West Virginia Attorney General Patrick Morrisey has joined an effort in support of beginning public meetings with a prayer.
Morrisey filed an amicus curia, or friend of the court, brief Thursday along with 22 other states' attorneys general that asks the U.S. Supreme Court to overturn a lower court's ruling connected to prayer. A court in New York ruled a town violated the First Amendment to the U.S. Constitution when it did so.
"West Virginia and other states filed this brief because opening a legislative session with prayer dates back to the founding of our Republic," Morrisey said in a news release.
"West Virginia has a proud tradition of beginning a public meeting with a time for prayer, and I believe this practice should continue and the free expression of faith should not be quashed."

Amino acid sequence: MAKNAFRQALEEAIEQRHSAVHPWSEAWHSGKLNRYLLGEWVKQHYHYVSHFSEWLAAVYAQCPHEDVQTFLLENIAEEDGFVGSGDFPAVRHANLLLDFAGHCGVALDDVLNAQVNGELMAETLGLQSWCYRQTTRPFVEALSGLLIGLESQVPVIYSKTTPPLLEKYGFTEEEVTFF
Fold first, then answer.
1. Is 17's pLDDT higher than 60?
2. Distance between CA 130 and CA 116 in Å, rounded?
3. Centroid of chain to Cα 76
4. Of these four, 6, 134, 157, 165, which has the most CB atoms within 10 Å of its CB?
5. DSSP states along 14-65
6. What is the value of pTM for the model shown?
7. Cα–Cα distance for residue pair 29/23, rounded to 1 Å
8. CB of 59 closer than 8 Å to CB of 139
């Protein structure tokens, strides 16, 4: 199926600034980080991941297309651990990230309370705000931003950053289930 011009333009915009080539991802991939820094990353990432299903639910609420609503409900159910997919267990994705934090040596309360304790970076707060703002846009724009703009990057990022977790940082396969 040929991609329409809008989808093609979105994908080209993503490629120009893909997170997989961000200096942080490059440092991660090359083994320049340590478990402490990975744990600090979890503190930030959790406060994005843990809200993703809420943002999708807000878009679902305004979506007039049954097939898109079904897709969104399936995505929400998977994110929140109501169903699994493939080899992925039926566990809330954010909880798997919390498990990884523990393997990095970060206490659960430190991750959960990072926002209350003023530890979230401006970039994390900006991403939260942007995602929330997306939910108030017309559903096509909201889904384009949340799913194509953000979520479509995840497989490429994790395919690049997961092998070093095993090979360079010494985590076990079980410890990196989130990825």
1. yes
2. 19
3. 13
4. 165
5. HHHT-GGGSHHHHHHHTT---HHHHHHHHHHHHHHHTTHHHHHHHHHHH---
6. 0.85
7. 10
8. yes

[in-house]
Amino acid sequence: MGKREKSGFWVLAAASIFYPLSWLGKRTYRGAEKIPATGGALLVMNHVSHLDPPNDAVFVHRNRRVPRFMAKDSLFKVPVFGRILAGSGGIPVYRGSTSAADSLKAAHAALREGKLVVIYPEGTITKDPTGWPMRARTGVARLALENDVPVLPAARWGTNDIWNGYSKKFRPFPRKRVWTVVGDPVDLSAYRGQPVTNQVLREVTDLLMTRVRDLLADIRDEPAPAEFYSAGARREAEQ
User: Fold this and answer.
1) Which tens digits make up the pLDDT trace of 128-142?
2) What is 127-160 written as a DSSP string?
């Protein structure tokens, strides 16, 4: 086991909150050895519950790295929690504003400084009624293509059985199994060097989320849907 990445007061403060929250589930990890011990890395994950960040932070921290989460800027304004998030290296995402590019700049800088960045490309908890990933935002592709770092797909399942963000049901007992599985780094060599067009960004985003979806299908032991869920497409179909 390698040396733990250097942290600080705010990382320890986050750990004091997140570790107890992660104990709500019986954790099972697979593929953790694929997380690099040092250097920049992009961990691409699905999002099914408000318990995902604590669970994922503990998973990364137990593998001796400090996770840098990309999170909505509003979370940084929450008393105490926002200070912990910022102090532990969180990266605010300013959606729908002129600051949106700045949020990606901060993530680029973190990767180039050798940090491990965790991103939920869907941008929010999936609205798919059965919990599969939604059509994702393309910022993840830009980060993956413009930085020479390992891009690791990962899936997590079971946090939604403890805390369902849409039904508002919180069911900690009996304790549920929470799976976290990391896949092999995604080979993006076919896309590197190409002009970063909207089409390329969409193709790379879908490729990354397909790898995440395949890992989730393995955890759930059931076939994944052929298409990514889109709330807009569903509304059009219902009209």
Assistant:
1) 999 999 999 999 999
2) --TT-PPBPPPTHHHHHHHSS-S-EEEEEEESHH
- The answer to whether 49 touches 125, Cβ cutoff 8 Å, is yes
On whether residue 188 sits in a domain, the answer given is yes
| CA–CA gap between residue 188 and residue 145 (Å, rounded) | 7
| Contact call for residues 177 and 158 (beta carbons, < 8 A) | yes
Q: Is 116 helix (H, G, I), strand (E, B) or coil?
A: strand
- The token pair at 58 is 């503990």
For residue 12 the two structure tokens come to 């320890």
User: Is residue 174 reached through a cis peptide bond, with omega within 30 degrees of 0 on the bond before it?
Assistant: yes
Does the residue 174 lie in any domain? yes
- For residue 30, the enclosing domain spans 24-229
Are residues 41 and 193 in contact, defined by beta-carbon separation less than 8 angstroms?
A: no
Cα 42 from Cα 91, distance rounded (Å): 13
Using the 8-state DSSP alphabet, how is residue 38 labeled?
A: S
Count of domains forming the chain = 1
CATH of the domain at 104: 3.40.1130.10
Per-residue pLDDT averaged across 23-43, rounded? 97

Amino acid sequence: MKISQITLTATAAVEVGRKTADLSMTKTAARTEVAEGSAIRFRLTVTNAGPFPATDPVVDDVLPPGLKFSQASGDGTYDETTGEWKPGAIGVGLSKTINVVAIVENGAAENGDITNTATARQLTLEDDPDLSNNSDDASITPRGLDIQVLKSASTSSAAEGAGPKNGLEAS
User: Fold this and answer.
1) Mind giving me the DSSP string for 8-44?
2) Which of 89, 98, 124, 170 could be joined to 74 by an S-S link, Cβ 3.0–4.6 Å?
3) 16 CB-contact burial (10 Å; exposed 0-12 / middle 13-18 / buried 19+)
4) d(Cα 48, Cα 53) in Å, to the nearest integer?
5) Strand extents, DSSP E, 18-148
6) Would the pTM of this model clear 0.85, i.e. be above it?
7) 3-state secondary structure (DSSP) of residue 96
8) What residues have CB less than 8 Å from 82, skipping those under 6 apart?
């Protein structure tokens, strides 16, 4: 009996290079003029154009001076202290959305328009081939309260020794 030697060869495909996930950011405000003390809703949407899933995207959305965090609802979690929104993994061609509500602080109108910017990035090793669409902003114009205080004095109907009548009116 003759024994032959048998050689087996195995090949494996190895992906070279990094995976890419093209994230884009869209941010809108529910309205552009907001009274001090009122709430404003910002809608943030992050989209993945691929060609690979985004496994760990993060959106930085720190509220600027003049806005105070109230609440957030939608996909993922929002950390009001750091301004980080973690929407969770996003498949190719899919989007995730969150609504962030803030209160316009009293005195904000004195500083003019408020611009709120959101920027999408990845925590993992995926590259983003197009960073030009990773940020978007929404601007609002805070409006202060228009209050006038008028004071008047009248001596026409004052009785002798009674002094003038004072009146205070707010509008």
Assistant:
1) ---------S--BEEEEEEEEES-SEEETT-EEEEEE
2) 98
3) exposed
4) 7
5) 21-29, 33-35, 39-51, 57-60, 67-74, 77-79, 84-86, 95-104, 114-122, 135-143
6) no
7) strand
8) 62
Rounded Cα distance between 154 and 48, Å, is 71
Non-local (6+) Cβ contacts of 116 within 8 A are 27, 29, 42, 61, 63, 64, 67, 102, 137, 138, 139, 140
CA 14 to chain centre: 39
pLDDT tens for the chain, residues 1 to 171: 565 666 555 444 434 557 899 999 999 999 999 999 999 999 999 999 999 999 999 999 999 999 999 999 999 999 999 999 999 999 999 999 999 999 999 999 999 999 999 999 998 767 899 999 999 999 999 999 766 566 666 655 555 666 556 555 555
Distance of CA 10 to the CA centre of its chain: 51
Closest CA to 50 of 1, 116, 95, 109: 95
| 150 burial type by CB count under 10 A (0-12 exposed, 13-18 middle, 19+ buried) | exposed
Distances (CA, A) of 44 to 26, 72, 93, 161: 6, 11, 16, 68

The brief Morrisey joined asked the Supreme Court to make a rule allowing for prayer before legislative meetings that doesn't require legislative leaders to screen the prayer "for sectarian references."
During the legislative session the state House of Delegates and Senate almost always start meetings with a prayer. Morrisey's letter states the chaplain from each body gives a non-denominational prayer or designates someone else.
It's common for a guest to conduct the prayer for each chamber. It's just as common for the person leading the prayer — a legislator or guest — to end "in Christ's name we pray" or "in Jesus' name we pray."
The lower court ruled that the prayer violated the First Amendment's establishment clause because the prayers at this particular town's meeting could seemingly align the town with Christianity, according to the SCOTUSBlog.
The Supreme Court is expected to hear the case, Town of Greece v. Galloway, after its next term starts in October.